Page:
It wasn’t her fault but she was definitely the flash point. He didn’t even know her name, didn’t really know her, but yet he saw her everyday. Sat huddled in a doorway across from the concert hall where he played with the orchestra every day that summer. Noticing her that first nervous morning, as he made his way towards the rehearsal space, hand clutched tightly around the handle of his trumpet case, rucksack hanging from his shoulder. All in the eyes, dusty and far away. He only caught her gaze for but a moment. He learnt real quick that the city streets were full of the homeless – would stop and talk to them ocassionally, buy a Big Issue, give them change, but never before had he seen suck eyes. Eyes that had seen everything that had ever been; before, beyond and betwixt. Gave him shivers.
He hurried onward. Gave her no more thought – like the great expanse she had opened up in his head had swallowed itself. Until lunchtime, as he spilled out into the sun with his new friends; A basoonist with spikey shoulder length haircalled June, and a black violinist who’d everybody had taken to calling ‘token’. He took the nickname with good humour wrapped in a sense of menace – an affectation born from his life growing up on Edinburgh streets. As they walked to a cafe June knew it was as if that expanse had opened again and Tobias couldn’t help but turn around and look at what he took to be her huddled form in the distance. Again, he shivered, walking the entire way in a daze, lost in that expanse. As soon as they walked through the doors of the cafe it left him once again, leaving only absence.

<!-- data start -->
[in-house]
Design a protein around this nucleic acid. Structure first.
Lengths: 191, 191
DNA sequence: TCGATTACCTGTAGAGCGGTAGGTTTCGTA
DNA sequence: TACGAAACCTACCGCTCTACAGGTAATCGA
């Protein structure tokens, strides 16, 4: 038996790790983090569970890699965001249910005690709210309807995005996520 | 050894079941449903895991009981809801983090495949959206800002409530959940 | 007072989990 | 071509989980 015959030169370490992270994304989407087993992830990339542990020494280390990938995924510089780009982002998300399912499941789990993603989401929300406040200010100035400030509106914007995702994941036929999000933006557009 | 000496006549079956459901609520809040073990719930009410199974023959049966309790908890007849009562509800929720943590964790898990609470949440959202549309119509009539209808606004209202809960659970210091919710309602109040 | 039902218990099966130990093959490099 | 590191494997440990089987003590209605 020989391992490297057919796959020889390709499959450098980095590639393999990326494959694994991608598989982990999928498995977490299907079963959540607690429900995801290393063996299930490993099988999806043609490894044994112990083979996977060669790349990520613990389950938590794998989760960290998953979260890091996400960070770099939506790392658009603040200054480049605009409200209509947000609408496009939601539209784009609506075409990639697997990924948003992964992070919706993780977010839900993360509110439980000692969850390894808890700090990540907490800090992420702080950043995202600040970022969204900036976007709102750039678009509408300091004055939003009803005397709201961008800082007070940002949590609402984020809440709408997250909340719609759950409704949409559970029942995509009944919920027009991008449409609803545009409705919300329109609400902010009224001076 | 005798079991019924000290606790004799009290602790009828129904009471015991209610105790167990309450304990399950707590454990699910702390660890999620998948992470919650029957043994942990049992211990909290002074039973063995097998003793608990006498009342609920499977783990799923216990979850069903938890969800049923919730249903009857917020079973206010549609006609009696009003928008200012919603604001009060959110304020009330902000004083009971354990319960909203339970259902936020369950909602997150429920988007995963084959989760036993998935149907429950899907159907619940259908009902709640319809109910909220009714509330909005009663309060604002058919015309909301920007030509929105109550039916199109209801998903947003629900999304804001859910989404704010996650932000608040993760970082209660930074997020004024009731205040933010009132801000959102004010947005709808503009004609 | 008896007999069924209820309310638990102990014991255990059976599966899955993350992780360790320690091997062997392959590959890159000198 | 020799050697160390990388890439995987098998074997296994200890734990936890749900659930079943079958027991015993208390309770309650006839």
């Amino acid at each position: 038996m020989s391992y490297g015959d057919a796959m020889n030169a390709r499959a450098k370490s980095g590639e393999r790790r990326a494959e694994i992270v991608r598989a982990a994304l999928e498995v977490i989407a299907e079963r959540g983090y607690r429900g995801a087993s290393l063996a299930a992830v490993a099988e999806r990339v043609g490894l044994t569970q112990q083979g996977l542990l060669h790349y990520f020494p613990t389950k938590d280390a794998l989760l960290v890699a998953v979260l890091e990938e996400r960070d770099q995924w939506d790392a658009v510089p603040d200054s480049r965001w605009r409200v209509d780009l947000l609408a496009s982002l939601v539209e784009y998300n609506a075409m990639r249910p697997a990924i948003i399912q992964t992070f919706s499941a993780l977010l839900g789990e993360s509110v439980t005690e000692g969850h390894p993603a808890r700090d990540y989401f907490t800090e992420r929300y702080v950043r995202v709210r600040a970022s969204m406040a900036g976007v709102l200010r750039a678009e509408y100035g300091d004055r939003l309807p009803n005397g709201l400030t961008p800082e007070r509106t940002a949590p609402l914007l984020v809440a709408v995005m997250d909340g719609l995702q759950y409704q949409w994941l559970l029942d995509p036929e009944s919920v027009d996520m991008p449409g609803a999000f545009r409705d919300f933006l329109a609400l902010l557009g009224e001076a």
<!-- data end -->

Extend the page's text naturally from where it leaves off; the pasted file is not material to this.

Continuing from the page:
That’s when he started noticing the strangeness of things, those unconscious interconnections of the everyday, the daisy chains of his own thoughts. He could suddenly see music for what it was; an algebra of need, driven by those things that lived not only beneat the surfaces of people, but beneath everything, abstract and mundane. A cosmology both inside and outside of itself.
As the train swayed Tobias got unsteadily to his feet. Reaching above his head he pulled his trumpet case down and placed it on the table before taking his seat again. Working the two brass clasps he opened it up, letting his eyes fall inside. He knew that it would never be filled again but that he would carry that case with him till the day he died. A reminder of the absence at the heart of all things.